Conference Agenda

Overview and details of the sessions of this conference. Please select a date or location to show only sessions at that day or location. Please select a single session for detailed view (with abstracts and downloads if available).

Session Overview
RN19_03: Digitalization in the Field of Professional Work
Wednesday, 21/Aug/2019:
4:00pm - 5:30pm

Session Chair: Christiane Schnell, Institut für Sozialforschung an der Goethe Universität Frankfurt
Location: BS.3.28
Manchester Metropolitan University Building: Business School, Third Floor, North Atrium Oxford Road

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Data Science – The Answer To Everything, But What’s The Question?

Christopher Zirnig

Universität Hohenheim, Germany

The rapidly progressing datafication leads to a shift in the demands on employees. We will show that this change on the one hand leads to new negotiations of spheres of competences and authorities at the organizational level and on the other hand to negotiations of new capability profiles and subsequently changes in training and education contents and strategies.

The requirements of many jobs today range from creative handling of unstructured data, to an economically useful interpretation of data and to the communication of results in the various areas of the company and beyond. This creates new necessities of cooperation and communication that are often not anchored in organizations, which leads to new responsibilities. The answer to this new challenge seems to have been found in the job profile of the "data scientist", who as an all-rounder combines all the necessary skills. However, our qualitative data show that it is an ongoing negotiation as to what skills are actually in demand. Should data scientists be "translators" who extract information from data provided by the IT specialists and thus create a new level of communication within the organization? Or is a data scientist him/herself an IT specialist with special communication skills? Hence, wide-ranging and unstructured training offers arise. For employees, this means that there are no ready-made career paths and investment in education is characterized by uncertainty. The purpose of this work in progress is to clarify and analyse these imponderables on the part of companies, trainers and employees on the basis of further data.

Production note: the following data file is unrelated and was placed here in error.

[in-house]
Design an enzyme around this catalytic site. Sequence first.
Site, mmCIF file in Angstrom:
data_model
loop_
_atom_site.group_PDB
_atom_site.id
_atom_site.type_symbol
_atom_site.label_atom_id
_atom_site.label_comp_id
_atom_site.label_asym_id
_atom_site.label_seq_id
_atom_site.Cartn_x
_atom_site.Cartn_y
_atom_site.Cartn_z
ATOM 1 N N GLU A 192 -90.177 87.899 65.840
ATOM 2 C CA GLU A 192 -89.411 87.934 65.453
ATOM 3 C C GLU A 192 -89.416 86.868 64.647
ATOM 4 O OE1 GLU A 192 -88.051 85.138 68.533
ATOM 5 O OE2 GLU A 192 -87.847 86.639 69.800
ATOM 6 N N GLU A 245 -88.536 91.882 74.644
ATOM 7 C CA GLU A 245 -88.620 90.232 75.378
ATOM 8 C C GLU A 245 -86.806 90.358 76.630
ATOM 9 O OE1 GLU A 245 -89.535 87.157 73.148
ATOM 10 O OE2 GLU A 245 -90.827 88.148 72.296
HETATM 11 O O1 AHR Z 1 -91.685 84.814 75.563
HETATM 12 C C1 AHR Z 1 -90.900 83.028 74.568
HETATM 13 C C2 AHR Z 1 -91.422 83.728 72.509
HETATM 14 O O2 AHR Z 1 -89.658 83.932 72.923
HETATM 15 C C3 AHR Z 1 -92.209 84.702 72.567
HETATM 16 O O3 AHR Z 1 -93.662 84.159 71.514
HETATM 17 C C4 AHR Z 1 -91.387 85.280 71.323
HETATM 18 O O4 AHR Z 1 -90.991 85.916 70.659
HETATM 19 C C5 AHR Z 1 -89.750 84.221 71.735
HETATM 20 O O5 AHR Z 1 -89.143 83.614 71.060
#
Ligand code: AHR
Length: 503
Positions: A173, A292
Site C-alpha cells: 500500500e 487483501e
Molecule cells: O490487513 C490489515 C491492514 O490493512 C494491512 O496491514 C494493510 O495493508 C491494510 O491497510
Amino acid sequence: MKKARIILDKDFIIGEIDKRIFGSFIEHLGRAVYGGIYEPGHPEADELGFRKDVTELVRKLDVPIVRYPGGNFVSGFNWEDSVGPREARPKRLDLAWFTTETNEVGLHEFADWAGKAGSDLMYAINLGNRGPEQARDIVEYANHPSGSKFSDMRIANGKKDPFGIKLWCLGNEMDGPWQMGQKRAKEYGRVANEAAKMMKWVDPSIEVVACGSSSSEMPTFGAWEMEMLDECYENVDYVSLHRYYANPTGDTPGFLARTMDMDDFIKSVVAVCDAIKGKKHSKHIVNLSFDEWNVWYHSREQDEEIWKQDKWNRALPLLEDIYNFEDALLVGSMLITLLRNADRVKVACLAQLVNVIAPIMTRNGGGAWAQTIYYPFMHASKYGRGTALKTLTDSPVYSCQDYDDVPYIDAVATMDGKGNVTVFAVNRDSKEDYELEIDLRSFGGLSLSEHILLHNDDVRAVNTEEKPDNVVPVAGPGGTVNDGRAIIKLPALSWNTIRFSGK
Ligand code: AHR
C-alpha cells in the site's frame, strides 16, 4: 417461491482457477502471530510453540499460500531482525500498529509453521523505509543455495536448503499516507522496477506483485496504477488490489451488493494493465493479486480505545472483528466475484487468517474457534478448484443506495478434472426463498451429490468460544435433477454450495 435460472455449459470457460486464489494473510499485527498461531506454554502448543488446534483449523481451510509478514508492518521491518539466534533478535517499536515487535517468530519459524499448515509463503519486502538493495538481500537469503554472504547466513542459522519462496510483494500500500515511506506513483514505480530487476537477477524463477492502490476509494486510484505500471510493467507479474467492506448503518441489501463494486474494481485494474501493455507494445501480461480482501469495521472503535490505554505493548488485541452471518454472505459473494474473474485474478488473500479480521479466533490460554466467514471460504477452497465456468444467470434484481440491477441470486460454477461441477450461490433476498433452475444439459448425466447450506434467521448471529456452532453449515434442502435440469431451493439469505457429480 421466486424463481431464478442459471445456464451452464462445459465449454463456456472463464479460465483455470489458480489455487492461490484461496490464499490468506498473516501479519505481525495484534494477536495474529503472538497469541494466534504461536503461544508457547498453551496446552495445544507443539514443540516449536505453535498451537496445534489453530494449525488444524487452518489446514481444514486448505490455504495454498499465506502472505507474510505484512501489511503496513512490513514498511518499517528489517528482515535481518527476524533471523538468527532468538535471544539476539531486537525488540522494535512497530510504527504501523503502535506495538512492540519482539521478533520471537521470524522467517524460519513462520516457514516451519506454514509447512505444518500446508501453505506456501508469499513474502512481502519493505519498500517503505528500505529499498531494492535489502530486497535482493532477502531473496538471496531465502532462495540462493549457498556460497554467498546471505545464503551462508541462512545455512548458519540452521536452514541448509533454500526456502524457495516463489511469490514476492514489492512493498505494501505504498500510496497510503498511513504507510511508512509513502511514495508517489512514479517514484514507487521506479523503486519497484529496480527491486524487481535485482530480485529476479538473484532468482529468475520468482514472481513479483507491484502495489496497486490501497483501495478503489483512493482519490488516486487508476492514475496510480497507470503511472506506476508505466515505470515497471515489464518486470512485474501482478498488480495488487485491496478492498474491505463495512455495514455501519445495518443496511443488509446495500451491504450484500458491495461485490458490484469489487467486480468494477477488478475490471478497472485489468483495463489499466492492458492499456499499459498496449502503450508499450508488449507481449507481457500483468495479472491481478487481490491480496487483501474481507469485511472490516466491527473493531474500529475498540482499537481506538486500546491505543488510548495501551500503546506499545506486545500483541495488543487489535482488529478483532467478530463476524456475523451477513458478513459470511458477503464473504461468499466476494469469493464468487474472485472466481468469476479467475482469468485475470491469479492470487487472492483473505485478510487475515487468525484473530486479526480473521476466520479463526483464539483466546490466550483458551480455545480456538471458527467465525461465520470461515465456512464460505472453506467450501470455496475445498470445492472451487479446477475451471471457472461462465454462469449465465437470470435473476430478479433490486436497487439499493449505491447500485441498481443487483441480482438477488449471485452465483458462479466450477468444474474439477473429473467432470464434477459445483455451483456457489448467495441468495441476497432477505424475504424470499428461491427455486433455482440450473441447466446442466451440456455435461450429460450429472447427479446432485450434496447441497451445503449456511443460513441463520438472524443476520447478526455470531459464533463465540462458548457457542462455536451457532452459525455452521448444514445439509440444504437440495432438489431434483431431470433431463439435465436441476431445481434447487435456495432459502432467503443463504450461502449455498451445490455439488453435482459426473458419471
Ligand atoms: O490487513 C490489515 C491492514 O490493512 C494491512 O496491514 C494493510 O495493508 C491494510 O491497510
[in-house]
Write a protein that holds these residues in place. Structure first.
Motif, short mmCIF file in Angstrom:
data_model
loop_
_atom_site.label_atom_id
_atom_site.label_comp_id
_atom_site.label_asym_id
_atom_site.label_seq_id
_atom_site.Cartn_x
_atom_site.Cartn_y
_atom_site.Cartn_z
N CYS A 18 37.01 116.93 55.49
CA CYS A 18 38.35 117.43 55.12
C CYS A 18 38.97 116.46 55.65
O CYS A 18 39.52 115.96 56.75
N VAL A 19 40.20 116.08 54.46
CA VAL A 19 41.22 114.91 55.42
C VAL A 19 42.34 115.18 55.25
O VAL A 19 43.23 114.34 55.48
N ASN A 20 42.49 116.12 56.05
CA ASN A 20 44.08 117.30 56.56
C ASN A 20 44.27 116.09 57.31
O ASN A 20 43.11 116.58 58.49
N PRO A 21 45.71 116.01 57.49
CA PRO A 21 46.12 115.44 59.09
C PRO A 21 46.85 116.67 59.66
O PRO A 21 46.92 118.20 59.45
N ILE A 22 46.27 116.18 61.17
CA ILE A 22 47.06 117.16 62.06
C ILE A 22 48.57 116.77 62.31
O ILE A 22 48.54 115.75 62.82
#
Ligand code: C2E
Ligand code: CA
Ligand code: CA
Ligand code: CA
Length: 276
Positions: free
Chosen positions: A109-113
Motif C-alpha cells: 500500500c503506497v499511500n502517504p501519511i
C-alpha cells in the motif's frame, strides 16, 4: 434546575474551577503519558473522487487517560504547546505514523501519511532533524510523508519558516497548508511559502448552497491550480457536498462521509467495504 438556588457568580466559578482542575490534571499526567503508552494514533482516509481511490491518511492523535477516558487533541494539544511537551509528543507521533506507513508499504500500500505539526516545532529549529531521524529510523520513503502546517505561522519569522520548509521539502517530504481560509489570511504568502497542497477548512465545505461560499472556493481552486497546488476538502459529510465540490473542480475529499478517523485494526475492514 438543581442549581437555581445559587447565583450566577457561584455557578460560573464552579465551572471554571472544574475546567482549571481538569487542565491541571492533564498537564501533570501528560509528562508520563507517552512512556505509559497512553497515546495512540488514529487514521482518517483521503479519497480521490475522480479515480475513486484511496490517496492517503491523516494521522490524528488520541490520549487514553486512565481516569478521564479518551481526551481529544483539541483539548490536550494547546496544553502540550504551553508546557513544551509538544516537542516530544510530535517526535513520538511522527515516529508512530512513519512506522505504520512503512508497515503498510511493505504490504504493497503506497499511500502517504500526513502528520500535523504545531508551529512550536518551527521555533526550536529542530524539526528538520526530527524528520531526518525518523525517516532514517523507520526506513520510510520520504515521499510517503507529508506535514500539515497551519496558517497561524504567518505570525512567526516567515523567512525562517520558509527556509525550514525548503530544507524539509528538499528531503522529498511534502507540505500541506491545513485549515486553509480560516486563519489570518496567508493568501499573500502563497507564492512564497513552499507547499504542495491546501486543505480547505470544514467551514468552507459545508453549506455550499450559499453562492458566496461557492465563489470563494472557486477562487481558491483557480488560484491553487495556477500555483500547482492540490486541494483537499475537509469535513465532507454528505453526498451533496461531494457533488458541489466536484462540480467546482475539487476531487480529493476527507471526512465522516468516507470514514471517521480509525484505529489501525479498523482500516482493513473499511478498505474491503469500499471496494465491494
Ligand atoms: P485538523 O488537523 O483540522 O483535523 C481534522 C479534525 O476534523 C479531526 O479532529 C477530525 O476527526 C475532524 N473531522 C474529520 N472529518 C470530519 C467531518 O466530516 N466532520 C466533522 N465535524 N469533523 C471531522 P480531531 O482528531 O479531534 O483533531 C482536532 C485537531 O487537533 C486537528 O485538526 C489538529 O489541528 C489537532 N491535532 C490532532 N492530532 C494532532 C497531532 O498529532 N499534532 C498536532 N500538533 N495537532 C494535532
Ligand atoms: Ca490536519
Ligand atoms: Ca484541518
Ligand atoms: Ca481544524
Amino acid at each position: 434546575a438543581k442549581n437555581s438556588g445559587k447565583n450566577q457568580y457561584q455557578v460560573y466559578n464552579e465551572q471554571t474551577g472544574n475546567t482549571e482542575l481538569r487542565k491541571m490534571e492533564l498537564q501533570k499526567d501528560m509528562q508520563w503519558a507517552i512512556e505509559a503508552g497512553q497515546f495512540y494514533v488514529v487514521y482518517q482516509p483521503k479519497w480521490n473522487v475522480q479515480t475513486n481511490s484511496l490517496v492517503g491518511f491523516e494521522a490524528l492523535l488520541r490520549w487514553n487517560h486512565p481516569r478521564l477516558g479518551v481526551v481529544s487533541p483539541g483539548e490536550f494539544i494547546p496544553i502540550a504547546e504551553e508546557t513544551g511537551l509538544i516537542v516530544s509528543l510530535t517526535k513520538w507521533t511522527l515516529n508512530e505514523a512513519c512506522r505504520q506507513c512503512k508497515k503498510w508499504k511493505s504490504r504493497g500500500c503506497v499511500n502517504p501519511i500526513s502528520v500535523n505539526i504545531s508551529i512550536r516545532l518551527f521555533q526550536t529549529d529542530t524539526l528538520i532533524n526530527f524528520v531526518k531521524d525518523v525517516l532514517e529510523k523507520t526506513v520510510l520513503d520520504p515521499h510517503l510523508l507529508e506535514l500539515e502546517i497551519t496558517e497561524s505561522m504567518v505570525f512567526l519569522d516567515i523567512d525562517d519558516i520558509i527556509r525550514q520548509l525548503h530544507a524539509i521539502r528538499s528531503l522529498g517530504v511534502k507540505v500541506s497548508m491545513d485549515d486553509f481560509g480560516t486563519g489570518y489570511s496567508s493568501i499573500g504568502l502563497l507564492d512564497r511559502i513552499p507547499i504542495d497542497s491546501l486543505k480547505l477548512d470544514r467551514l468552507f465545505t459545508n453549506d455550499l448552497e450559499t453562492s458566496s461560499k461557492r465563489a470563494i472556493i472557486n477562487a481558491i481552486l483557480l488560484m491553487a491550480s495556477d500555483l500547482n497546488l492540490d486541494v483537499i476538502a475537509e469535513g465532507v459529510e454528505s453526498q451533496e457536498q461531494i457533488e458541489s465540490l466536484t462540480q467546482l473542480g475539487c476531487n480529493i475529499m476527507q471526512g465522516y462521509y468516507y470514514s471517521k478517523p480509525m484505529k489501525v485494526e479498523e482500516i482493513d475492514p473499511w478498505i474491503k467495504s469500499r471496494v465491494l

Digital Professionalism – Opportunities and Barriers in the Care of Older People.

Helena Hirvonen

University of Eastern Finland, Finland

In aging societies scarcity of public resources motivates the development of welfare service efficiency. Digitalisation of public service work is one of the factors currently influencing public policy-making by restructuring and recreating public sector institutions, including its professions. In the context of care services for older people, public service professions are expected to demonstrate trust, transparency and accountability to care managers and clients alike. New technologies are implemented with expectations of delivering these goals in an efficient and standardized manner. Meanwhile, they raise new demands about the skills and role of public service professionals.

My presentation discusses the above developments in the context of care of older people in Finland. What are the opportunities and barriers digitalization poses to meaningful professional agency for care professionals in long-term care (LTC) work? The analysis is based on a qualitative interview data (n=25) collected in 2018 from registered nurses and practical nurses in Finnish LTC units. Focus on this group is important for two reasons. First, workers in LTC report high levels of work-related stress. Second, due to introduction of enterprising ideals in the management of care services, care professionals face expectations as being proactive and self-steering individuals. Preliminary results of my study suggest that digital professionalism is currently a strong managerial discourse implemented ‘from above’. Nurses, however, remain critical about its possibilities especially in promoting trust between them and service users. This suggests that the promotion of digital professionalism supports organizational rather than professional forms of occupational control.